• Nov 27, 2006
TH!NK fast! Remember those tiny electric cars Ford was showing off around the time the world was caught in the throes of Y2K? They were tiny matte-finished Norwegian runabouts that promised 50 miles of range and a top speed of 55 mph? TH!NK was Ford's electric car answer to the Smart car. Fifty prototypes had been tested for two years in Norway, and another 40 cars were used as part of the Bay Area Station Car Program in San Francisco in 1995. Ford had planned to build about 1,500 of the EVs starting in 2000.

Well that plan went down the toilet when Ford dropped TH!NK in a cost-cutting move. But there is some good news to report for those who might like to see a TH!NK in their driveway. After languishing since then, the TH!NK is set to ride again. The Norwegian team responsible for the original model has gone back to the drawing board, boosting range by 60% and totally refreshing the rust and dent proof thermoplastic exterior. In the hopes of getting the project completed and the new model on the road by as early as next year, the company is looking for workers in almost every position, "from sales director and chief technical officer to factory manager and head of product development."

If all goes according to plan, production will start in Norway next year. Although pricing and distribution haven't been discussed, we do know that the new TH!NK will sport standard anti-lock brakes, power steering, electric windows, and central locking. Woo hoo.

[Source: The Car Connection]


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    • 1 Second Ago
  • 6 Comments
      • 8 Years Ago
      Now this is the kinda thinking I would like to see the big 2.5 execute.Simple cheap, transportation.
      • 8 Years Ago
      People shouldn't link Ford to Th!nk, because Ford didn't do much with the company but used it as a Public Relations device.

      When California had a mandate for zero-emission vehicles, Ford only bought Th!nk brand as an insurance plan, in case the lawsuits against CA didn't pan out. Soon after Ford and other companies won the case, Ford quickly sold the Th!nk brand.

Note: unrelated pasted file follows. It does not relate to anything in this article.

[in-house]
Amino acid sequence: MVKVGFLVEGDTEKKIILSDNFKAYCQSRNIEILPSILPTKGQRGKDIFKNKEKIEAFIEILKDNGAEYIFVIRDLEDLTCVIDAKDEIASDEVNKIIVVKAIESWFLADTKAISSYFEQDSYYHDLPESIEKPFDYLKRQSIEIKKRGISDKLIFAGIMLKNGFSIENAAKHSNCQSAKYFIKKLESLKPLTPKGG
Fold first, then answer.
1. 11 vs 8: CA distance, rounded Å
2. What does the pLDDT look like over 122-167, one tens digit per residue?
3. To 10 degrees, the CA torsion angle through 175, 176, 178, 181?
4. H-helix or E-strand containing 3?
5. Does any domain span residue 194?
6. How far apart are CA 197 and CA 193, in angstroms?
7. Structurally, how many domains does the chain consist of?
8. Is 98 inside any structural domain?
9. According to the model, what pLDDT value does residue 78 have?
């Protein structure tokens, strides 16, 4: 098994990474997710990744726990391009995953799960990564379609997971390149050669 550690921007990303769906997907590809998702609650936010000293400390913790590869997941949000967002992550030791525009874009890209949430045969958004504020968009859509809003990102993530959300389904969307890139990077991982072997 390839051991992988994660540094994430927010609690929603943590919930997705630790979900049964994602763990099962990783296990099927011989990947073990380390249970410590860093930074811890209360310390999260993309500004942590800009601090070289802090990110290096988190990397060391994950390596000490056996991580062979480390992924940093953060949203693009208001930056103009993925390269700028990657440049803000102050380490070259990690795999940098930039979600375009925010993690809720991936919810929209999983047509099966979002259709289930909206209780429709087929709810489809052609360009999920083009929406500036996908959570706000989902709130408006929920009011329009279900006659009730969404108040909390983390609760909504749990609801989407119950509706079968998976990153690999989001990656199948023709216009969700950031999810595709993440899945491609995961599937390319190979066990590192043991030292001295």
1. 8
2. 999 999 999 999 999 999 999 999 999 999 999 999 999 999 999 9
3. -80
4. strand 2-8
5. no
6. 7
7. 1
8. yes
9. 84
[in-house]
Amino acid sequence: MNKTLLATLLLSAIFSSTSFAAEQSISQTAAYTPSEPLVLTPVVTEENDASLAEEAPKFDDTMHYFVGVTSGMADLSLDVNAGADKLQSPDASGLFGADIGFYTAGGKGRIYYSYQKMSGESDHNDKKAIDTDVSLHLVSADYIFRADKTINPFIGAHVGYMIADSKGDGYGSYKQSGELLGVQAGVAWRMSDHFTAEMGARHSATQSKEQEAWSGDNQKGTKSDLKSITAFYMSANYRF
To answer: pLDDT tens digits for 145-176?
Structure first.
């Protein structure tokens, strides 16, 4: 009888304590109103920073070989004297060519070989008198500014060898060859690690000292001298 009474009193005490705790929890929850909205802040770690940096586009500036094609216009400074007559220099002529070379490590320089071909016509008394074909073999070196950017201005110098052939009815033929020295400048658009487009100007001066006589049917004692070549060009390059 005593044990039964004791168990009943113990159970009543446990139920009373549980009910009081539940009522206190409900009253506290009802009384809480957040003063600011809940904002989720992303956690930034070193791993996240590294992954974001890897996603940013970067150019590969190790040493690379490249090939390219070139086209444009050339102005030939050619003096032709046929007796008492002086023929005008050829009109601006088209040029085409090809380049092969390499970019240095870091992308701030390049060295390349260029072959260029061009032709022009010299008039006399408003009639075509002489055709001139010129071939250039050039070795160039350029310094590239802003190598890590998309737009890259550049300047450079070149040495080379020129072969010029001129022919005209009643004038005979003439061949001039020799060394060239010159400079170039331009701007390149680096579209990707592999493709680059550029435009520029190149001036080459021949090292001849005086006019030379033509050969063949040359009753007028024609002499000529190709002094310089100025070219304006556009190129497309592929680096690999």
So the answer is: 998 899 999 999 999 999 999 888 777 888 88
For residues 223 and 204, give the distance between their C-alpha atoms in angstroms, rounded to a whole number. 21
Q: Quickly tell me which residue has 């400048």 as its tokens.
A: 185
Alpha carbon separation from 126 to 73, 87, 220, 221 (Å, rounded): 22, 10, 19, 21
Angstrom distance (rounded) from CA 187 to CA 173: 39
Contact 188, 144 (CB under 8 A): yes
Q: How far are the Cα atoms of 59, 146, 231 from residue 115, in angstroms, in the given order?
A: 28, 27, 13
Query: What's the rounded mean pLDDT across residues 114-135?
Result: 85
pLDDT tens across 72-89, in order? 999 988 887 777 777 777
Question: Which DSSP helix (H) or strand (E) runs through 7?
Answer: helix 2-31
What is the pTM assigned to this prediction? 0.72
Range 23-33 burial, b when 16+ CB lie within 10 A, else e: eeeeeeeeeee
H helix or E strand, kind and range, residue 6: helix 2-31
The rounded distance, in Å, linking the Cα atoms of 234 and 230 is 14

I like the new Th!nk City, but I highly doubt it will do well in the US.

      First of all, this car makes a Honda Fit looks like an SUV. If US is really ready for small 2-seaters like Th!nk City, then likes of Honda Insight, Toyota MR2, or GM's Fiero would not have gone extincted.

      Second, plastic shell for a car just doesn't click with the US market. It didn't work with the Fiero, nor Saturns. The original Th!nk brand of cars have plastic shell like the motorized toy Hummer that a 4-year-old would drive. It doesn't matter if a car is safe or not, if it doesn't LOOK safe, Americans just won't buy it.

      Lastly, that big door-like window in the back, which the Volvo C30 may have ripped from Th!nk, is probably a big turn-off for many. I wish it the best of luck in the European market, but Th!nk will never make it here in the US.
      • 8 Years Ago
      If commuters continue to ride alone to work in their 14mpg Detriot iron a small car like Think is essential. Read the history on post WW2 Germany about small cars. Could a modern Messerschmit KR500 be the answer?
      • 8 Years Ago
      Hmmm, these are really cool little cars! From the official site (http://www.think.no/) the images look neat. I would like to see this car in person. Too bad the USA will never see it.
      • 8 Years Ago
      Ford dropped TH!NK in favor of 1.5 million trucks, making 14 mpg, each year. It was a money-making move for the short-term, but it's killing Ford now. With a new interest in micro-cars here in North America, there could be potential for these vehicles to make it in showrooms...at least, the gasoline-powered ones. Hammacher-Schlemmer was selling a micro-EV for $120,000.
      • 8 Years Ago
      I remember the TH!NK well. The former Big 3 were given billions of taxpayer dollars as part of the monumental NextGen car project to develop an 80mpg family sedan by year 2000. Chysler came out with the Intrepid, GM with the EV1, and Ford with the TH!NK and electric Ranger trucks. They produced just enough to keep politicians happy, but then funneled the rest into SUVs and CEOs. But most Americans didn't notice because the stock market was roaring and gas was cheap. After GM took back and crushed the leased EV1s, citing a lack of consumer interest, Ford tried to do the same with the TH!NK, but created an international controversial because there was still a 2 year long waiting list of people who never got their cars. It was an international standoff because Ford also failed to fulfil it's obligations to the Norwegian government.